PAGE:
Ring’s Mailbox Sensor monitors your mail for you: We go hands-on

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Ring

The $30 Ring Mailbox Sensor — a simple device that sends alerts to your phone when your mailbox’s door opens — is now available to buy. I got my hands on one, but haven’t had the chance to fully test it out just yet. While a complete review is forthcoming, here are some details and some initial thoughts on the Amazon company’s latest gadget. 

Ring’s Mailbox Sensor is a palm-sized plastic sensor, available in black or white, that attaches to the inside of your mailbox door. Once configured in the Ring app, it’s supposed to send real-time alerts every time the mailbox is opened. Adhesive and mounting hardware are included in the box, so you can decide how you want to install it, and you’ll need three AAA batteries to power it (not included). 

I got a white Ring Mailbox Sensor and it looks the same as Ring’s Smart Lighting Motion Sensor, although the Motion Sensor has slightly larger measurements. The Mailbox Sensor isn’t a large accessory, but at 2.56 inches tall by 2.44 inches wide, with a depth of 1.47 inches, it isn’t small either, and I’m not sure how well the adhesive will hold it over time, with repeated door openings and closings. Ring does claim that the sensor is weather-resistant, so it should hold up to water and extreme temperatures. 

First announced the day of Amazon’s September product event, the Mailbox Sensor is just one of Ring’s latest products to stray from its flagship doorbell. It also introduced the $250 Always Home Cam, a flying indoor camera, designed to patrol your house — and assorted smart car products.  

Somewhat confusingly, the Mailbox Sensor requires a Ring Smart Lighting Bridge to work, which is sold separately for $50 or bundled with the Ring Mailbox Sensor. The bundled price is $80, but the combo kit is currently on sale for just $50. Note: The Ring Smart Lighting Bridge does also work with Ring’s lighting products, hence the name, but since the Bridge now manages more than just lighting products, it’s probably time to change it to something more generic.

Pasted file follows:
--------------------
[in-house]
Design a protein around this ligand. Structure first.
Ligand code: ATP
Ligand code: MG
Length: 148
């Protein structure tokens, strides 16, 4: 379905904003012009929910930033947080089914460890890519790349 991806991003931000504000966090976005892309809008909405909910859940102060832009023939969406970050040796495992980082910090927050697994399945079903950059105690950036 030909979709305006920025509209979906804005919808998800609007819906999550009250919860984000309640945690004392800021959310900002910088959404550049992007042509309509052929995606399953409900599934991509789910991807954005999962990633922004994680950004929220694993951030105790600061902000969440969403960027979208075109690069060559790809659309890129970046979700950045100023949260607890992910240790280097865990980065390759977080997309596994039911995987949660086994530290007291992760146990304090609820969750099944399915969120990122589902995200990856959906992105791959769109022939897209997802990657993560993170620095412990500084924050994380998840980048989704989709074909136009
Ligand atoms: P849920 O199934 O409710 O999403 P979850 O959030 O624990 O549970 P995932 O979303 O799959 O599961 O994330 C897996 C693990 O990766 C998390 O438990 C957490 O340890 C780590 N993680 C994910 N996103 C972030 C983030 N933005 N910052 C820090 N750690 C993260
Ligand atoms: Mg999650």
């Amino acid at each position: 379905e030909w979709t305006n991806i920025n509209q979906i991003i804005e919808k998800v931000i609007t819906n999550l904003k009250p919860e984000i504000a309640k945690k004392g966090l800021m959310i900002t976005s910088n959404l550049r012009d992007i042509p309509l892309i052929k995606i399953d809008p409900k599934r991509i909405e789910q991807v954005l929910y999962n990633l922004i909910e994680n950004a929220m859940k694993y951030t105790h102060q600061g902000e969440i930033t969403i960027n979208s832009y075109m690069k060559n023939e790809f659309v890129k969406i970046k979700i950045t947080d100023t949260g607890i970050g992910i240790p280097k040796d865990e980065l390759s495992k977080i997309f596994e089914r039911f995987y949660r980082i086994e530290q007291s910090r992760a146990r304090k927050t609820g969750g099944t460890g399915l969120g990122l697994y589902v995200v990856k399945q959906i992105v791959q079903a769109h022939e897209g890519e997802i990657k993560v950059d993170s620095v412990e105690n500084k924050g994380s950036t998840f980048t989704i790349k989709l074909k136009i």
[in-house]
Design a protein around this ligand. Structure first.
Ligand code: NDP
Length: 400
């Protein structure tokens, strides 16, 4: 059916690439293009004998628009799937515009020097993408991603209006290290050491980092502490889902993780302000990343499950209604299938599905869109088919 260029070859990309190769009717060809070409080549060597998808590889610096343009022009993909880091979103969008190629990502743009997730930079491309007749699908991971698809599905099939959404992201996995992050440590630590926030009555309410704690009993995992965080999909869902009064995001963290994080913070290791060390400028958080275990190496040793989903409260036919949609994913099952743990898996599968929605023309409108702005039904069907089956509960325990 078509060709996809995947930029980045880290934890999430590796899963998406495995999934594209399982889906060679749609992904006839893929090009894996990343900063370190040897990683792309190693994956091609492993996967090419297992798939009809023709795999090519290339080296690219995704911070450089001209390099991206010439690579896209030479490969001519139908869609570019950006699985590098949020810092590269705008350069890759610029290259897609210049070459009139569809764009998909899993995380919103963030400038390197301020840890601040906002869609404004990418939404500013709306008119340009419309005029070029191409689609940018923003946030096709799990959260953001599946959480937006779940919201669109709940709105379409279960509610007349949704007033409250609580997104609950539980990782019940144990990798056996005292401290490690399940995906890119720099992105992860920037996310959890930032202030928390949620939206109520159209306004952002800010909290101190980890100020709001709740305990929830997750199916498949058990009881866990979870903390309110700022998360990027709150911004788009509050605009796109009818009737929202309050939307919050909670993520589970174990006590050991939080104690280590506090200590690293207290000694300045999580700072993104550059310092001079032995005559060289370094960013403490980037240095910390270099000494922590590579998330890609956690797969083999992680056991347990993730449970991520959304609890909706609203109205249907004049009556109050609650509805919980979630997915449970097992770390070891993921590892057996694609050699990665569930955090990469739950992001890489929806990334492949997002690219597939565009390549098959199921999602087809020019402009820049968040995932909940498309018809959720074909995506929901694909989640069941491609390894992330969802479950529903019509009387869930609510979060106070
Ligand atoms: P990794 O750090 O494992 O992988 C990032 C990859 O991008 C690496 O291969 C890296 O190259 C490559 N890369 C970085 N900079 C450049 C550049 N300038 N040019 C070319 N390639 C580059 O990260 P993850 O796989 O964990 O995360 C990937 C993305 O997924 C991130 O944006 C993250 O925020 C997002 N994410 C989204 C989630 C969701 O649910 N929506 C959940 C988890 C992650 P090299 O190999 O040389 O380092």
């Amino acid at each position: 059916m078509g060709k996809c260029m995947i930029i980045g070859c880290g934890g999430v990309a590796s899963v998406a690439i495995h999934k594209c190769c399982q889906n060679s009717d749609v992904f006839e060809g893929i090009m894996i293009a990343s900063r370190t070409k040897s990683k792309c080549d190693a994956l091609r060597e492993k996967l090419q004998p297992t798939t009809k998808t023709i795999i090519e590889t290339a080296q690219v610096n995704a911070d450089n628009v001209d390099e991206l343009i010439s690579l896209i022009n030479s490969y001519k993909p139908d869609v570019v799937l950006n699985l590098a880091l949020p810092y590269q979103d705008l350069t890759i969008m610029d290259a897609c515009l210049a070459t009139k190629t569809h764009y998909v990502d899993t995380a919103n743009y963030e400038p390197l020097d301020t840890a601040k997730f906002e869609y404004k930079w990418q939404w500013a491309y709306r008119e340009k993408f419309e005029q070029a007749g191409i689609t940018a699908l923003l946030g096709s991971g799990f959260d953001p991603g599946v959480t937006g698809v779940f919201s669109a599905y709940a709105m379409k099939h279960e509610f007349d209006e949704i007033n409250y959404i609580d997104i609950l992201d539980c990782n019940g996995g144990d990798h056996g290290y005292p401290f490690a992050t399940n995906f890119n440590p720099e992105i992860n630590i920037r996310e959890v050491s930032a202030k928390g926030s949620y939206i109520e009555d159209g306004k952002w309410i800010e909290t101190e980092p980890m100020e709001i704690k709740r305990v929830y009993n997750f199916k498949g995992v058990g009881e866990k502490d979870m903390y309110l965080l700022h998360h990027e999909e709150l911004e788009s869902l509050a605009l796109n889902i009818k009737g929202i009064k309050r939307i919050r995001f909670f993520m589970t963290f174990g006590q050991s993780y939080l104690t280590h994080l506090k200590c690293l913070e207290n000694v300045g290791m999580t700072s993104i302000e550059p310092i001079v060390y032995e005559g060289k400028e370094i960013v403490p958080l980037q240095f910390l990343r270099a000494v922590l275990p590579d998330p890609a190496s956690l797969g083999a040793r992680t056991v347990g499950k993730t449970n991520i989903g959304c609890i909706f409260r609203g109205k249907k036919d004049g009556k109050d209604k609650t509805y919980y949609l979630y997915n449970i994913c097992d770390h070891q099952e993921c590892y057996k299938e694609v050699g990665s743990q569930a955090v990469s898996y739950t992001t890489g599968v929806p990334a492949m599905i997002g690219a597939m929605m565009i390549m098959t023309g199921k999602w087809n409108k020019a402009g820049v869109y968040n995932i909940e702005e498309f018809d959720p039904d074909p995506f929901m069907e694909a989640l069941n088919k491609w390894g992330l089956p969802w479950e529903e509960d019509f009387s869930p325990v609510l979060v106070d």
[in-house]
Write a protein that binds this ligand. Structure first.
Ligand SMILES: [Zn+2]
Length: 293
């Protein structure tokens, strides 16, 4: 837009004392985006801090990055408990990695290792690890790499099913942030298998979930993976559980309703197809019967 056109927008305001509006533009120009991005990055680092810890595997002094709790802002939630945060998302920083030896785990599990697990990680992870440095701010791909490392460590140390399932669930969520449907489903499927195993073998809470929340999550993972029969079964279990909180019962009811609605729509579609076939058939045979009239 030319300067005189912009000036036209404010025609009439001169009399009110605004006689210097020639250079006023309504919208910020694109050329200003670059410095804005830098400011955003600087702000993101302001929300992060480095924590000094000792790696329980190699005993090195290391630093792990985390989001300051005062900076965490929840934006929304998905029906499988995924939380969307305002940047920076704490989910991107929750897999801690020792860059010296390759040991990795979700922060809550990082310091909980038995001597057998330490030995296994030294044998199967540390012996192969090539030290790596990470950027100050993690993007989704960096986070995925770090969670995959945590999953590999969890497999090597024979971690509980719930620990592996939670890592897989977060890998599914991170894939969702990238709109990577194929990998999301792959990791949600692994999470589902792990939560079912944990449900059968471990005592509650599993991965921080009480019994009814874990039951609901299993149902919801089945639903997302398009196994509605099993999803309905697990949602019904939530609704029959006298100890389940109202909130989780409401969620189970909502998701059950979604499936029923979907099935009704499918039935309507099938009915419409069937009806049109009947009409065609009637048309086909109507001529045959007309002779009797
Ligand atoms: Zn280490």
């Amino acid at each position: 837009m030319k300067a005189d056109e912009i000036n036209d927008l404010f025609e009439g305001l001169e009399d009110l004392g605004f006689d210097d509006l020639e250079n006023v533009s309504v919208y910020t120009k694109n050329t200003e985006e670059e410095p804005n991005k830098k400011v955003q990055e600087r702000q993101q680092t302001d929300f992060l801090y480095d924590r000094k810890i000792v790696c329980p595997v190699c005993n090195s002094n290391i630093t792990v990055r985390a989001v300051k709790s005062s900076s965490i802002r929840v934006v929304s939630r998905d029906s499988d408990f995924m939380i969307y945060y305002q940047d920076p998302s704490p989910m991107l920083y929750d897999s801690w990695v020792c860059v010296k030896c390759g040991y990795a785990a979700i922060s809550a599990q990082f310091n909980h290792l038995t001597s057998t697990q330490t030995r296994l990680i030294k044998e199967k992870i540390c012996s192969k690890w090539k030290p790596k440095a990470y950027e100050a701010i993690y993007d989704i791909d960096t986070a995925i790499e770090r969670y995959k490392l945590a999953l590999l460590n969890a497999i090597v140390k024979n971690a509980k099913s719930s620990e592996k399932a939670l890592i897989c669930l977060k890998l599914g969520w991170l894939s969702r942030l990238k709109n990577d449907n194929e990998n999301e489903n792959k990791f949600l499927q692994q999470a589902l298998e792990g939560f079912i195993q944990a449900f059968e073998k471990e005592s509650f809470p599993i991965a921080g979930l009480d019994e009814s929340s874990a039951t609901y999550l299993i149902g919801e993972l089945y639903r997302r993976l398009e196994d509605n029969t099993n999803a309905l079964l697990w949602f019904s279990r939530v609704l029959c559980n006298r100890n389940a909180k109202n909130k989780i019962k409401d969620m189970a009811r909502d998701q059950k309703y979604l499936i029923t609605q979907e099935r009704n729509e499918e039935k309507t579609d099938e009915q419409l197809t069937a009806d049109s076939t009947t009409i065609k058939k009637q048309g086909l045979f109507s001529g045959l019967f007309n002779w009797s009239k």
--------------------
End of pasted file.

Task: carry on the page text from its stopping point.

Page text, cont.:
The bridge enables connectivity among multiple Ring products, say, if you want your Ring doorbell or security camera to record every time your mailbox door opens. It comes with a power adapter and is supposed to plug into an outlet near your Wi-Fi router. The bridge works with Alexa, too, and is designed to handle as many as 50 different Ring devices, including Ring Smart Lighting products, the Ring Smart Lighting Motion Sensor and the new Ring Mailbox Sensor. 

Both the Ring Mailbox Sensor and the Ring Smart Lighting Bridge will work with Amazon Sidewalk, a low-band network for smart home devices, after its expected launch later this year. 

$50 for the bundled kit is a pretty good deal (if you manage to snag the sale price), but the value is best if you already have or plan to buy an assortment of different Ring Smart Lighting Bridge-compatible devices. You only need one Bridge per household, in theory, unless you plan to install more than 50 products. 

I’ll be testing out the Mailbox Sensor over the coming days and will report back with my final thoughts in the review, including how well it holds up to fall weather here in Kentucky.

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